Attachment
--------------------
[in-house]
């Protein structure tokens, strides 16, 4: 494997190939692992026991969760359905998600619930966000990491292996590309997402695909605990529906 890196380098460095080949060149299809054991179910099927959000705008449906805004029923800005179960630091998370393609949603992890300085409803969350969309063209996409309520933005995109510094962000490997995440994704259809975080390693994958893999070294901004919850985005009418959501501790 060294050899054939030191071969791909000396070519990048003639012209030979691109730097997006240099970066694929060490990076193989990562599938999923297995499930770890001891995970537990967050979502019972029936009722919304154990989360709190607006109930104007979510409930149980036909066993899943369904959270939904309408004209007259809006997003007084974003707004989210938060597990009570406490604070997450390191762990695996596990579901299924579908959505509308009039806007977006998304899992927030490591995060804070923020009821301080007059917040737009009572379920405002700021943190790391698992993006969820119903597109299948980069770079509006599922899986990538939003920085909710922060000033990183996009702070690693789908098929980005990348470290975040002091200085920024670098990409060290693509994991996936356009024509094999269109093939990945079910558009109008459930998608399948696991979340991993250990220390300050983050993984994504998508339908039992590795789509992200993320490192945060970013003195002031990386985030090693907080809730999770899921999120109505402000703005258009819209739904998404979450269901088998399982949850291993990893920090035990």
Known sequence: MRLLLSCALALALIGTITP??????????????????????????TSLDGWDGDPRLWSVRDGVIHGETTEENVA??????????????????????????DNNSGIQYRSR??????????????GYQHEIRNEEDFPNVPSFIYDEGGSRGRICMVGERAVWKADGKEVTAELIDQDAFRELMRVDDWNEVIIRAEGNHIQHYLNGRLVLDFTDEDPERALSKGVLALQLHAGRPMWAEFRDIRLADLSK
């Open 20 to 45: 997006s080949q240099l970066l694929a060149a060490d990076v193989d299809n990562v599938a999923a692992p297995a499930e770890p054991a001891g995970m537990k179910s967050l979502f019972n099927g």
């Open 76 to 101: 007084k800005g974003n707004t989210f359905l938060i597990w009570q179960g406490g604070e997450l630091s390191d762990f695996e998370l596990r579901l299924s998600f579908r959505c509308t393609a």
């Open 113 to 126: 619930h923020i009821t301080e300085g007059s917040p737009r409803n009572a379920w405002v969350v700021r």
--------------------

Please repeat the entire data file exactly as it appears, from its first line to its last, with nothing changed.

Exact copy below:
[in-house]
């Protein structure tokens, strides 16, 4: 494997190939692992026991969760359905998600619930966000990491292996590309997402695909605990529906 890196380098460095080949060149299809054991179910099927959000705008449906805004029923800005179960630091998370393609949603992890300085409803969350969309063209996409309520933005995109510094962000490997995440994704259809975080390693994958893999070294901004919850985005009418959501501790 060294050899054939030191071969791909000396070519990048003639012209030979691109730097997006240099970066694929060490990076193989990562599938999923297995499930770890001891995970537990967050979502019972029936009722919304154990989360709190607006109930104007979510409930149980036909066993899943369904959270939904309408004209007259809006997003007084974003707004989210938060597990009570406490604070997450390191762990695996596990579901299924579908959505509308009039806007977006998304899992927030490591995060804070923020009821301080007059917040737009009572379920405002700021943190790391698992993006969820119903597109299948980069770079509006599922899986990538939003920085909710922060000033990183996009702070690693789908098929980005990348470290975040002091200085920024670098990409060290693509994991996936356009024509094999269109093939990945079910558009109008459930998608399948696991979340991993250990220390300050983050993984994504998508339908039992590795789509992200993320490192945060970013003195002031990386985030090693907080809730999770899921999120109505402000703005258009819209739904998404979450269901088998399982949850291993990893920090035990």
Known sequence: MRLLLSCALALALIGTITP??????????????????????????TSLDGWDGDPRLWSVRDGVIHGETTEENVA??????????????????????????DNNSGIQYRSR??????????????GYQHEIRNEEDFPNVPSFIYDEGGSRGRICMVGERAVWKADGKEVTAELIDQDAFRELMRVDDWNEVIIRAEGNHIQHYLNGRLVLDFTDEDPERALSKGVLALQLHAGRPMWAEFRDIRLADLSK
């Open 20 to 45: 997006s080949q240099l970066l694929a060149a060490d990076v193989d299809n990562v599938a999923a692992p297995a499930e770890p054991a001891g995970m537990k179910s967050l979502f019972n099927g």
């Open 76 to 101: 007084k800005g974003n707004t989210f359905l938060i597990w009570q179960g406490g604070e997450l630091s390191d762990f695996e998370l596990r579901l299924s998600f579908r959505c509308t393609a």
């Open 113 to 126: 619930h923020i009821t301080e300085g007059s917040p737009r409803n009572a379920w405002v969350v700021r």